A project encouraging families across Wales to ditch fast food and instead cook up healthy alternatives has scooped a top award.
Young parents, older teens starting in their first homes, and widowed men learning to fend for themselves in the kitchen have all been supported by two schemes – the Come and Cook and Get Cooking programmes.
They are both part of the All Wales Nutrition Skills for Life programme, run by dietetic assistant practitioner Sarah Powell-Jones from Betsi Cadwaladr University Health Board and Lisa Brown of Cardiff and Vale Health Board.
Sarah and Lisa won the 2016 Advancing Healthcare Award for “outstanding achievement by an allied healthcare professional, healthcare science support worker or technician”. It aims to recognise and encourage their contribution to improving patient outcomes by celebrating an individual or team that provides high quality, creative care which enhances the quality of life for the patient.
Sarah helped devise and launch the Come and Cook programme three years ago, and the project has been praised across Wales for its contribution to improving food education and inspiring individuals and families to adopt healthier diets.
Surveys of those taking part found that 81 per cent were consuming less sugar and sweet foods such as cakes, biscuits and soft drinks since undertaking the course. And 92 per cent said they felt more confident about preparing healthy meals and shopping for healthy ingredients.
Sarah said: “In recent years there has been a trend towards families relying on convenience foods, which contain much higher levels of sugar, fat and salt than home cooked dishes. Eating foods that are high in these things and possibly also low in fibre, and fruit and vegetables, can contribute to health problems such as heart disease and diabetes.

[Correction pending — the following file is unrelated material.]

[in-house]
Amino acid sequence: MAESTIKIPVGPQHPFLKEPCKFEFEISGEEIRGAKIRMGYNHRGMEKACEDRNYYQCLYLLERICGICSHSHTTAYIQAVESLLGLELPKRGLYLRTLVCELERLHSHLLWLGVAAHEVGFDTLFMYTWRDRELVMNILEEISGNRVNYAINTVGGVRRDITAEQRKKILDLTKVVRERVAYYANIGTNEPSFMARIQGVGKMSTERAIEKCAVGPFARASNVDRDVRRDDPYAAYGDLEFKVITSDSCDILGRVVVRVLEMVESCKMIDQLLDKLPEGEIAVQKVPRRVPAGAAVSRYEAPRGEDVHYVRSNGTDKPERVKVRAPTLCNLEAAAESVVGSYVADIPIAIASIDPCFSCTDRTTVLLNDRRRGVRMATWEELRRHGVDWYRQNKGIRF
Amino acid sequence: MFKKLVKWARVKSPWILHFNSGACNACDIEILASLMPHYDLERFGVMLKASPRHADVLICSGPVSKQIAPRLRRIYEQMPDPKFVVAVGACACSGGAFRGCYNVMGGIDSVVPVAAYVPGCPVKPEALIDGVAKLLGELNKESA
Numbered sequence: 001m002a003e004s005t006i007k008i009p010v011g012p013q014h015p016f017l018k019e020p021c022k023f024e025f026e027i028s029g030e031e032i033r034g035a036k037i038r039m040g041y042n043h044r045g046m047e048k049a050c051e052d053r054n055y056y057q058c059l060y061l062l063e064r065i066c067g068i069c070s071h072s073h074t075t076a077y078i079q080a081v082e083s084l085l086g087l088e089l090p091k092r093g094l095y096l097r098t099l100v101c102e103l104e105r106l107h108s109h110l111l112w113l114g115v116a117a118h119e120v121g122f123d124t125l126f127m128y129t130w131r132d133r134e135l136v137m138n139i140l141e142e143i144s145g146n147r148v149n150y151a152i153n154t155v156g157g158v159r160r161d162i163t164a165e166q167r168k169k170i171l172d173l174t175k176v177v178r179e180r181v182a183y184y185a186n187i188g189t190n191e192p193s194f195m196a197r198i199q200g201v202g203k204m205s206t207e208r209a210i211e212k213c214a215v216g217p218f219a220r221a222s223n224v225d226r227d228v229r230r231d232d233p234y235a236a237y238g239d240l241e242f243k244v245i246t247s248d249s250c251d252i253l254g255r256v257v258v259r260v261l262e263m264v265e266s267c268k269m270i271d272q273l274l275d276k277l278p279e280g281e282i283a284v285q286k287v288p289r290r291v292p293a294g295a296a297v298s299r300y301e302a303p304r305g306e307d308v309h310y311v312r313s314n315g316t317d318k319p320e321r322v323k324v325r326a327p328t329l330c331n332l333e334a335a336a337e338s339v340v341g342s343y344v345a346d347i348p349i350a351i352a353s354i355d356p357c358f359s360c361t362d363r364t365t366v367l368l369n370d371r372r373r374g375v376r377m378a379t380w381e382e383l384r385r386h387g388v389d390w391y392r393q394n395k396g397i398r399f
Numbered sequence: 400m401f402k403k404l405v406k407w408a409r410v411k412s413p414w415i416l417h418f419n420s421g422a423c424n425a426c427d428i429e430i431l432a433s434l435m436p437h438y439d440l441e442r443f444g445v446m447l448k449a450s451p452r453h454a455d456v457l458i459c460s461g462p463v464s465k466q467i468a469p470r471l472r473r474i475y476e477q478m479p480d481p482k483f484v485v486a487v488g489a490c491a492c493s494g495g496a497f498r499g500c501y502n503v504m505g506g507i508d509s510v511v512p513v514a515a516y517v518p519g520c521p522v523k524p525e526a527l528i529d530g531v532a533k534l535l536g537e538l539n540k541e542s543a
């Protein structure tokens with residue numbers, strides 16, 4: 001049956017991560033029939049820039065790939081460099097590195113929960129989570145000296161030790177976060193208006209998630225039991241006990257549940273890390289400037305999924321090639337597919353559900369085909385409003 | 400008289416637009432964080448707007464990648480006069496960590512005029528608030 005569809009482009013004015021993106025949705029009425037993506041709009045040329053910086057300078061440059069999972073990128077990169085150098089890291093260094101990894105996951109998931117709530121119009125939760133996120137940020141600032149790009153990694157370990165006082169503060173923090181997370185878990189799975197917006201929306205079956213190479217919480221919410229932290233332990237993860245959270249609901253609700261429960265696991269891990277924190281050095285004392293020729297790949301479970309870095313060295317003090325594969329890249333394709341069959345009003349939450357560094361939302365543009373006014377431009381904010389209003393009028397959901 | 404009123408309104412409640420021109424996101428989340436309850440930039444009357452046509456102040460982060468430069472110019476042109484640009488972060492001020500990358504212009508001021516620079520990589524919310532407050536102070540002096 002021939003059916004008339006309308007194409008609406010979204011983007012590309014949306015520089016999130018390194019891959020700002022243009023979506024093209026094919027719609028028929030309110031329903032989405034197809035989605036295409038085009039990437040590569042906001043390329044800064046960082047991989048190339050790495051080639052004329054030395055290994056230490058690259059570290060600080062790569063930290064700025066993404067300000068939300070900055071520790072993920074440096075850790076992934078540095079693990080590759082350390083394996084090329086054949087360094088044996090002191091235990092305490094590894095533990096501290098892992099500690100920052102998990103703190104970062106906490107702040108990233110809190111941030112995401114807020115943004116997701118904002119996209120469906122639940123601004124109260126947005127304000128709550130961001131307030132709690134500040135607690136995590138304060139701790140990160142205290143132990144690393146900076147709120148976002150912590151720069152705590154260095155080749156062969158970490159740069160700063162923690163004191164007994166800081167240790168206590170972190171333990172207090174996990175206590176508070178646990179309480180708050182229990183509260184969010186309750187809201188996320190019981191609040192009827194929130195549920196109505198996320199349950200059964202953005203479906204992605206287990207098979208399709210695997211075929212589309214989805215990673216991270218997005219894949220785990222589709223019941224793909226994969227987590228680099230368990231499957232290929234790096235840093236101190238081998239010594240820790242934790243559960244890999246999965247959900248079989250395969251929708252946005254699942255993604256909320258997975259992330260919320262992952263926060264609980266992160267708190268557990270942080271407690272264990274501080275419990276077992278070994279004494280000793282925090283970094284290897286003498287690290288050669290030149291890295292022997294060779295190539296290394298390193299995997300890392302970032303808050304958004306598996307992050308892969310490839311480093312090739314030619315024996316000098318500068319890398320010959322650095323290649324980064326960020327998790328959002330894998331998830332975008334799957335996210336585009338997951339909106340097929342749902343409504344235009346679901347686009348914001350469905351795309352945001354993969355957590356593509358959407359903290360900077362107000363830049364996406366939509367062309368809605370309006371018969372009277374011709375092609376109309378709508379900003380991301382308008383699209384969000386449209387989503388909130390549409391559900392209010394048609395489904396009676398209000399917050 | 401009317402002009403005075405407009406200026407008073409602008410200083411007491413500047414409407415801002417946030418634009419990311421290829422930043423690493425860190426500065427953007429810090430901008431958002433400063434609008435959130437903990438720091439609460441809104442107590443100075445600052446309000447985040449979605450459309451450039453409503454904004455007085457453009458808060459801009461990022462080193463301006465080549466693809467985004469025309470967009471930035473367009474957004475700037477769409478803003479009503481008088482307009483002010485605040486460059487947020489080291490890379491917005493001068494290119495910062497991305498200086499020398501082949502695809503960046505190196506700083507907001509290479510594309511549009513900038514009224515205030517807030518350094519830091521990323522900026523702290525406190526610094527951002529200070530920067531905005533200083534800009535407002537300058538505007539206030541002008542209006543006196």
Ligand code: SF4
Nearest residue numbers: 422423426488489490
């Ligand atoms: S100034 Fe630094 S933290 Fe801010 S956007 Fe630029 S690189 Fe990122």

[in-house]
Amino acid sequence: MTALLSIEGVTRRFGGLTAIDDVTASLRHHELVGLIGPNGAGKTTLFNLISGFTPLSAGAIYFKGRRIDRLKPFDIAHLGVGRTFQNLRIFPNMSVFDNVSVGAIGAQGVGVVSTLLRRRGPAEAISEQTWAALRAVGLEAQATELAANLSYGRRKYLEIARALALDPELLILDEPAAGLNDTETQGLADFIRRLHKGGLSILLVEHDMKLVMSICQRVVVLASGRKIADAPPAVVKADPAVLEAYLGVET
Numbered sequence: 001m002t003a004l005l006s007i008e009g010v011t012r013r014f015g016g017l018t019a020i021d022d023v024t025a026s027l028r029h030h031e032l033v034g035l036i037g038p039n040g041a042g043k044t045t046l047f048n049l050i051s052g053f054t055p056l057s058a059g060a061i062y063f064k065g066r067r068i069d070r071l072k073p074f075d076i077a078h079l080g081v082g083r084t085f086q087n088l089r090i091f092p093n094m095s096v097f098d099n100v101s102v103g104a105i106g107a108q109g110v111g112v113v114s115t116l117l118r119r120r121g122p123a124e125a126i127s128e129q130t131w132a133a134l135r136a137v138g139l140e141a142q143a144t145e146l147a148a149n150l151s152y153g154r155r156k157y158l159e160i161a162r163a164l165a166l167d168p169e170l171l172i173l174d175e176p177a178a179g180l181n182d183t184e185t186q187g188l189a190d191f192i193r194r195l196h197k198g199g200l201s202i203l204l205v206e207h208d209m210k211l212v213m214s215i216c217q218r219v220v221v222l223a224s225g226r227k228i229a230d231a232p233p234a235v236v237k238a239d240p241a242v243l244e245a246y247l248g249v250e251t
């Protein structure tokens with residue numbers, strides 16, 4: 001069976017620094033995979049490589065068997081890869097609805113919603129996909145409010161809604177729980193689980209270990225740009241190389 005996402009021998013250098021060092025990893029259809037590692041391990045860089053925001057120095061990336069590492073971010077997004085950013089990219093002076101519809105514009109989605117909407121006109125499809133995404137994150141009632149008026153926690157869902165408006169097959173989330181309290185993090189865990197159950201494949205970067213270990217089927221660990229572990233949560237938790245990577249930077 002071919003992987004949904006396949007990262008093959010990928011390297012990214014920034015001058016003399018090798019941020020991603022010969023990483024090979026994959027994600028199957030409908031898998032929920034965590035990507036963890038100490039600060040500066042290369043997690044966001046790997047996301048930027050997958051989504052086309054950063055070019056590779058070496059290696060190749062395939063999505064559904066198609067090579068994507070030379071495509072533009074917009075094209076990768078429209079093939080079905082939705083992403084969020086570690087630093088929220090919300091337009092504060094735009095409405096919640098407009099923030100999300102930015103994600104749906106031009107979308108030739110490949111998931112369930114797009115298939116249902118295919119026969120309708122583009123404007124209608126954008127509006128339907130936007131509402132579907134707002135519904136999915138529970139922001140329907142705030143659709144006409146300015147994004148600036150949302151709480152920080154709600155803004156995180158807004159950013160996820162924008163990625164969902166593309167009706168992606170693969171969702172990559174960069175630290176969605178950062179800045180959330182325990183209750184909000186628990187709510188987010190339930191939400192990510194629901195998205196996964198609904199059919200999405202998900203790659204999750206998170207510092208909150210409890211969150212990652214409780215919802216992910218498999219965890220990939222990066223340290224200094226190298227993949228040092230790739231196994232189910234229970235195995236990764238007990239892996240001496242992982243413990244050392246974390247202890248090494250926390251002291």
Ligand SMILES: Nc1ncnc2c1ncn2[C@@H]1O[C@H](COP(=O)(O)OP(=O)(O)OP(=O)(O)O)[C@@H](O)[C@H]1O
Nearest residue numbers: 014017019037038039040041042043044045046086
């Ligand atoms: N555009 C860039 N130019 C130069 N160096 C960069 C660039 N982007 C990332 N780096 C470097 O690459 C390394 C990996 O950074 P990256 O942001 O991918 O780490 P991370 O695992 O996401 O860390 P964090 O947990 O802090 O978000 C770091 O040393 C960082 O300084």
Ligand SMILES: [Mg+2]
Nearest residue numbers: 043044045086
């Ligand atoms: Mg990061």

“Our aim is to reverse the trend and encourage people to go back to basics, cooking simple but nutritious meals at home.
“We have had tremendous feedback, with many people telling us their eating habits have really changed for the better since taking part in the courses.
“We set out to make recipes simple and tasty, and we include dishes familiar to people, like chicken nuggets, curries and pizzas, all of which can be made quickly at home but to much healthier recipes than takeaway and ready-made versions.”
The course, runs over seven weeks, and includes nutrition activities such as exploring ingredients on packaged foods and how to make sense of food labels. Sarah delivers Come and Cook courses in Wrexham and Flintshire, working directly with groups such as older males and young parents who often feel less confident make meals from scratch for their children or loved ones.
Sarah said: “They’ve relished the fact that we’ve shown them the basics and let them have a go at cooking up meals in such an informal environment, without any pressure.”
Sarah and the dietetics team also support fellow community workers to deliver Come and Cook, and this helps the programme to reach other parts of North Wales.
She added: “The partnership working we have developed with other teams, for example the Caia Park Health Team has enabled the programme to reach a much wider audience.
“Another benefit of Come and Cook is it offers participants accreditation for their learning. Participants can gain a certificate which really boosts their confidence plus it could help their future career “
Sarah received the award at a ceremony held at London’s Millennium Gloucester Hotel, and before the event Sarah and Lisa had to give a presentation to a panel of top judges.
Sarah said: “We were both really nervous but it was great to have the opportunity talk about our work and the evidence we had to show its success. What was so rewarding for us is that we were not just up against people from the nutritional field but from all different areas of health provision.
“Nominees for the award came from sectors such as occupational therapy, podiatry, physiotherapy – there were representatives from across the board. So to be judged overall winners against so many worthy teams of professionals was a real honour and testimony to the valuable work of the whole dietetics team.”
Presenting the award, the judges said: “Sarah has been instrumental in developing and evaluating the innovative Come and Cook programme and Lisa has had a lead role in setting up and rolling out the Get Cooking programme for families in Cardiff.
“It requires people with exceptional interpersonal skills to persuade and retain families in these programmes and Lisa and Sarah have demonstrated that they have those special powers in spades – not to mention the ability to cook.
“Great job Lisa and Sarah.”
Sarah was nominated for the award by BCUHB network lead for public health dietetics, Andrea Basu, who said: “Sarah’s work has been vital in getting Come and Cook off the ground and to a point where it is benefiting so many families. She’s so dedicated and I’m absolutely thrilled she has received this award.”